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How Girl Activists are Pushing to End Child Marriage

In the 5 minutes it takes you to read this post, 152 girls under the age of 18 will get married—whether they want to or not. 12.5 of those girls are getting married because of the stresses COVID-19 has put on their lives, families, and communities. That’s hurting the girls and their life chances. It’s also hurting their communities, their nations, and generations to come.

CARE is committed to learn from and support diverse women and girls to challenge injustice, and strive for a world that is equal for all genders. Child and early forced marriage (CEFM) undermines the effectiveness of those efforts – including health, education, and overall equality – for girls in their families, communities, and world at large. Through the support of The Kendeda Fund, the multi-country Tipping Point initiative (2013-2023) addresses the root causes of CEFM through centering the voices and leadership of adolescent girls, evidence generation for gender-transformative approaches, and strategic advocacy in South Asia, West Africa, the Middle East and North Africa.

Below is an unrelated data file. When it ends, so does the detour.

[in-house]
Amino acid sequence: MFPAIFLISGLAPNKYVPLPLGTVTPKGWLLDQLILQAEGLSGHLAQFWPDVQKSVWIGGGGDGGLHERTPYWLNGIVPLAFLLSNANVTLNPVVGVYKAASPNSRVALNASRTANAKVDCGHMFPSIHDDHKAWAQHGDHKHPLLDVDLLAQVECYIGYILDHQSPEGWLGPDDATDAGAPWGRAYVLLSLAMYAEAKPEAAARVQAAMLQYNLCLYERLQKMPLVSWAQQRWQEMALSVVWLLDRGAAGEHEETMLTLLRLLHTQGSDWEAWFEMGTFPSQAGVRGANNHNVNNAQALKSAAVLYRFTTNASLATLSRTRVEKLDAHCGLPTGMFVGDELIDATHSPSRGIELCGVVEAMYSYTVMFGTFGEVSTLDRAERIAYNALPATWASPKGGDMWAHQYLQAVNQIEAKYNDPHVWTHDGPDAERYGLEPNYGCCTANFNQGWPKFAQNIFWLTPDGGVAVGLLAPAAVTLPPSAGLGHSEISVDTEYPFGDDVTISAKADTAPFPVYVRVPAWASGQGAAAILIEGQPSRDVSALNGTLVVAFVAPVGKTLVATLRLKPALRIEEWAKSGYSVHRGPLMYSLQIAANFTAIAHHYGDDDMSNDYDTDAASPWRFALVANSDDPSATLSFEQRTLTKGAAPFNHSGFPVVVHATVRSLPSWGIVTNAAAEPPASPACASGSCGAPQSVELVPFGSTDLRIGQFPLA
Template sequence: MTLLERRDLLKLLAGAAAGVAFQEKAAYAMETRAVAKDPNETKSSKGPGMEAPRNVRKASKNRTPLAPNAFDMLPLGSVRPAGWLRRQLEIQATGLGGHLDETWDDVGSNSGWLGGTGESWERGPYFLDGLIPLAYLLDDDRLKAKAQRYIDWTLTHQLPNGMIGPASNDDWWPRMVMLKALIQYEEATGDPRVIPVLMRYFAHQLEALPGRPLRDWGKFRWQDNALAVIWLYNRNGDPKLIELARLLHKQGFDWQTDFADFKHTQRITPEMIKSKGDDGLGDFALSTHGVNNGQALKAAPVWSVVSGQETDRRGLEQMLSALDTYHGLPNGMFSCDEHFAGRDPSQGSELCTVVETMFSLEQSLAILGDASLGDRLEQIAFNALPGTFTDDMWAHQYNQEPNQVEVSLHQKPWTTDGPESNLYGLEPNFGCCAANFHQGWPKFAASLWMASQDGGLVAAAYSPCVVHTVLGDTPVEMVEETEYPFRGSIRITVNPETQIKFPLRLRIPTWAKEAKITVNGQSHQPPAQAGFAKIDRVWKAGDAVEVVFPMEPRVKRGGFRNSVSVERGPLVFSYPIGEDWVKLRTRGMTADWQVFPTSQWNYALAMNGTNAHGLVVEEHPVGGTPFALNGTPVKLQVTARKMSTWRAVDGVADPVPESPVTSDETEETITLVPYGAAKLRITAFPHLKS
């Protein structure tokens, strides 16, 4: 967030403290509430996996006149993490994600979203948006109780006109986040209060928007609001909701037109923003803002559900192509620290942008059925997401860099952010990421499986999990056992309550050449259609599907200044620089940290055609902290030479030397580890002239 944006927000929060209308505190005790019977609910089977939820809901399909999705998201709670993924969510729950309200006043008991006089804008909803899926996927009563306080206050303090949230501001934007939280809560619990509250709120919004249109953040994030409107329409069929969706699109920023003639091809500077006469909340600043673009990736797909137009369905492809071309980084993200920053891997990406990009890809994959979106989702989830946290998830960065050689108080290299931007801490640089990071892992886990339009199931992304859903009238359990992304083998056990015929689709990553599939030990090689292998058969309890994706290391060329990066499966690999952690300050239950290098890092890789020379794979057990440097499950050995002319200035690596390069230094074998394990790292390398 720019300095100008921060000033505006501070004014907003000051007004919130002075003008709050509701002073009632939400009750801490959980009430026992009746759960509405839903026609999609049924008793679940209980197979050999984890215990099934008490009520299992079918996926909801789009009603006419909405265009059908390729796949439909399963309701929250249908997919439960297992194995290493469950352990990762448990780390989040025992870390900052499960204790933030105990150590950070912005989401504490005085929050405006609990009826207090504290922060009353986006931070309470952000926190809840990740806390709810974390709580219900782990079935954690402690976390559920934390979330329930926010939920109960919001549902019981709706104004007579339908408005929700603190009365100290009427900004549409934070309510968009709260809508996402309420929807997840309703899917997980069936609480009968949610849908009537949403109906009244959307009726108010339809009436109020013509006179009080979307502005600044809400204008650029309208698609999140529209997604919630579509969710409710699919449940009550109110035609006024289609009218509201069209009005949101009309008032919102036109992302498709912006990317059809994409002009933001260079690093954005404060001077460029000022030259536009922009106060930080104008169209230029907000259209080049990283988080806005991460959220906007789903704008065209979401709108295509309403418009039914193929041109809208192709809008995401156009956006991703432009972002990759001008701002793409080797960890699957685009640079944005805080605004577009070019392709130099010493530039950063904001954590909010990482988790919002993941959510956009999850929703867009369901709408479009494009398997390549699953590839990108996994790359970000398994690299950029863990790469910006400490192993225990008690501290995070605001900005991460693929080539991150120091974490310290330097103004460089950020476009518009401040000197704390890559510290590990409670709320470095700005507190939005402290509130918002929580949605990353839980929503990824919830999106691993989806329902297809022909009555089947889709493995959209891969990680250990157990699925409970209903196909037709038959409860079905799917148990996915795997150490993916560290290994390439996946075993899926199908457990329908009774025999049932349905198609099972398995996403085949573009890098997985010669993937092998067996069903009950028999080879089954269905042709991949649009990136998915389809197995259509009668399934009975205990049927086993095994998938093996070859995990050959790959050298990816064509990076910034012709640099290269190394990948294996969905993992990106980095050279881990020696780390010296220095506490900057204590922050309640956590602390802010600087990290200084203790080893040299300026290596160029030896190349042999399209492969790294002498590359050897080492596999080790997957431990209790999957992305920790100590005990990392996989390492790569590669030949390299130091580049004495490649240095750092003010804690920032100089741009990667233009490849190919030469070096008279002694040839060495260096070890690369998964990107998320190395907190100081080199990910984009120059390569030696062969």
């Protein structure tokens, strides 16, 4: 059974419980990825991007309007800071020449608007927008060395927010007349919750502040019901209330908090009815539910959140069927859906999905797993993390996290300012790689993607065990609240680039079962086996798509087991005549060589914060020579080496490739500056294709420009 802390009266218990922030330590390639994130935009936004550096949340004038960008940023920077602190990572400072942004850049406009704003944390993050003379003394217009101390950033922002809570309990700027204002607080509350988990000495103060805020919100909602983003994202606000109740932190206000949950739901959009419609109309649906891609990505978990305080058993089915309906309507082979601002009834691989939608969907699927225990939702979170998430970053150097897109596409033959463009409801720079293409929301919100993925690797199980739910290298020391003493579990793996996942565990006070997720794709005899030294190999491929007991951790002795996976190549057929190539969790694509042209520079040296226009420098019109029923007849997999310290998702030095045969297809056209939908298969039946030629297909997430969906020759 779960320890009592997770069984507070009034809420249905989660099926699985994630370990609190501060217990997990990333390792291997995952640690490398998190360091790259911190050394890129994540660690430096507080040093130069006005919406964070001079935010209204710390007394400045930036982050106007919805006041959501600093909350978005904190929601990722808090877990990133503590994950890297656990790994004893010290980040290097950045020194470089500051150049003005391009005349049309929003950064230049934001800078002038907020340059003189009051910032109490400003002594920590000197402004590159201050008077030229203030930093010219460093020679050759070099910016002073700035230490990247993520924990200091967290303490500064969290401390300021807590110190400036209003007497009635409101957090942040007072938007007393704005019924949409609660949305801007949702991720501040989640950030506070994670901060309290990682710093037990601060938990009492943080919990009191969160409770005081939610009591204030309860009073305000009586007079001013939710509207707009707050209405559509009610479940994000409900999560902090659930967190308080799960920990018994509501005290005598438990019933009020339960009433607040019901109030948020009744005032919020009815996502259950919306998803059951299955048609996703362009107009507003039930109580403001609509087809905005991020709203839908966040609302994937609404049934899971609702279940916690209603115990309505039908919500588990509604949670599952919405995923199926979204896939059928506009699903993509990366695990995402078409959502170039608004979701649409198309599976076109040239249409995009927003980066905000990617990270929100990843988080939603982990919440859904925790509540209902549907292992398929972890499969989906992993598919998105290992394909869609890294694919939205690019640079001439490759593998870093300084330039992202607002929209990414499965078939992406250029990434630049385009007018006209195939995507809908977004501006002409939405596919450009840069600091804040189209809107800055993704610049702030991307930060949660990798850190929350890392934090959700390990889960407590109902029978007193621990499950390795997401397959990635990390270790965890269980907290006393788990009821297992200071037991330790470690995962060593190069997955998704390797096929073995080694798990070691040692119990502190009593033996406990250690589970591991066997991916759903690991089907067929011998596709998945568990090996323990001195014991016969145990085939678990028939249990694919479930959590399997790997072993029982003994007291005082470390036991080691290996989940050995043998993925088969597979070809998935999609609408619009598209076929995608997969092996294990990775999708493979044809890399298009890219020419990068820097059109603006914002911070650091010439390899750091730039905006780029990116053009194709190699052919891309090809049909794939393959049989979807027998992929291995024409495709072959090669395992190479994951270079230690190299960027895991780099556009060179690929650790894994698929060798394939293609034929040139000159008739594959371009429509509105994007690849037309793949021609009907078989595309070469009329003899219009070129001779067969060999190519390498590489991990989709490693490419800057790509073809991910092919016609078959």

From 2017 to 2020, the Tipping Point initiative has worked with partners who bring years of experience in Tipping Point communities to our collaborative effort; more specifically, Siddartha Samuyadayik Samaj (SSS) and Dalit Social Development Center (DSDC) in Nepal and Jaintia Shinnomul Songstha, Gram Bikash Kendra (GBK), the Association of Slum Dwellers in Bangladesh.Together directly reaching a total of 63,386 people throughout Phase 1 and Phase 2, in Bangladesh and Nepal. Out of this, the number of girls and women reached are 43,398. Through collective action and influencing activities, the initiative has additionally reached about 116,945 people.

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